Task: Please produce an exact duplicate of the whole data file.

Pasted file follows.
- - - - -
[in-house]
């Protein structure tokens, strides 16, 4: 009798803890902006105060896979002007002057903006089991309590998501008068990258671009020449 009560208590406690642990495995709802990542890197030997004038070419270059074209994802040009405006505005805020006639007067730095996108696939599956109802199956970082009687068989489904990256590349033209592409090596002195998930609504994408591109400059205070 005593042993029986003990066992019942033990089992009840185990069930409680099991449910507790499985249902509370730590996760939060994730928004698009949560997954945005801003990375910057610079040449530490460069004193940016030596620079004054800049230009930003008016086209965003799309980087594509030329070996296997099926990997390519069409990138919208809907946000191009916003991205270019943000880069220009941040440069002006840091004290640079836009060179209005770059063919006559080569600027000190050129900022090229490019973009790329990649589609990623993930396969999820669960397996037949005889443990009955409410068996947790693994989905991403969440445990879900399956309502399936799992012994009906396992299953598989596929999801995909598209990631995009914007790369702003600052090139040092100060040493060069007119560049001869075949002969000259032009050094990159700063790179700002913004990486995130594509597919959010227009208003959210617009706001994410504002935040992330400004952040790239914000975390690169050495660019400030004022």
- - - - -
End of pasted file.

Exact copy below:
[in-house]
């Protein structure tokens, strides 16, 4: 009798803890902006105060896979002007002057903006089991309590998501008068990258671009020449 009560208590406690642990495995709802990542890197030997004038070419270059074209994802040009405006505005805020006639007067730095996108696939599956109802199956970082009687068989489904990256590349033209592409090596002195998930609504994408591109400059205070 005593042993029986003990066992019942033990089992009840185990069930409680099991449910507790499985249902509370730590996760939060994730928004698009949560997954945005801003990375910057610079040449530490460069004193940016030596620079004054800049230009930003008016086209965003799309980087594509030329070996296997099926990997390519069409990138919208809907946000191009916003991205270019943000880069220009941040440069002006840091004290640079836009060179209005770059063919006559080569600027000190050129900022090229490019973009790329990649589609990623993930396969999820669960397996037949005889443990009955409410068996947790693994989905991403969440445990879900399956309502399936799992012994009906396992299953598989596929999801995909598209990631995009914007790369702003600052090139040092100060040493060069007119560049001869075949002969000259032009050094990159700063790179700002913004990486995130594509597919959010227009208003959210617009706001994410504002935040992330400004952040790239914000975390690169050495660019400030004022």